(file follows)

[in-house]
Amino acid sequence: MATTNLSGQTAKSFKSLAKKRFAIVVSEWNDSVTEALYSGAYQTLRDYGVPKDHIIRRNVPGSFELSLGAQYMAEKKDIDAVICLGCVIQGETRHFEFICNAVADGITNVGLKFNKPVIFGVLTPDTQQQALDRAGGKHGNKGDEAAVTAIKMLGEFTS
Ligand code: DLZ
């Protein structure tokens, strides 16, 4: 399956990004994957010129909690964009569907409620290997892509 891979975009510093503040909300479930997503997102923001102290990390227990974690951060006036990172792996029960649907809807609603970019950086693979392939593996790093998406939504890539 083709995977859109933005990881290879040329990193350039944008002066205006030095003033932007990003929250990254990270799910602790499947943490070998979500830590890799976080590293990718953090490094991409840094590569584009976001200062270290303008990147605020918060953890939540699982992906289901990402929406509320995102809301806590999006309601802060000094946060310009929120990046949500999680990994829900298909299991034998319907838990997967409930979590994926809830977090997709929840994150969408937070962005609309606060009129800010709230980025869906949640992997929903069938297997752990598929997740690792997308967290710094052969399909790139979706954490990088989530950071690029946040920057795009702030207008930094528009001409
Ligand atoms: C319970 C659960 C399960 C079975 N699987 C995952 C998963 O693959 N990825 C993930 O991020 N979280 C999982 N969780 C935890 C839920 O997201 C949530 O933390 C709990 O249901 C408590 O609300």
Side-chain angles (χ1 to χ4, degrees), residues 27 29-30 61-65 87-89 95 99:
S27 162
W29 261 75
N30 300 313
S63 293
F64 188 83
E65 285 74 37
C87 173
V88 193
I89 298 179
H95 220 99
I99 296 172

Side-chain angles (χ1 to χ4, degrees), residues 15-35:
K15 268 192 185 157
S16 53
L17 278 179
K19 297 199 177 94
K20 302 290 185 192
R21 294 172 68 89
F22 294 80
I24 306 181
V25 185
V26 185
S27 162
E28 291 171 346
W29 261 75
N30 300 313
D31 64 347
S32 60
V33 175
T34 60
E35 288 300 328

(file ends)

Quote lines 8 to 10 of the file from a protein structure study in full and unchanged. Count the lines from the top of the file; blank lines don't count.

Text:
W29 261 75
N30 300 313
S63 293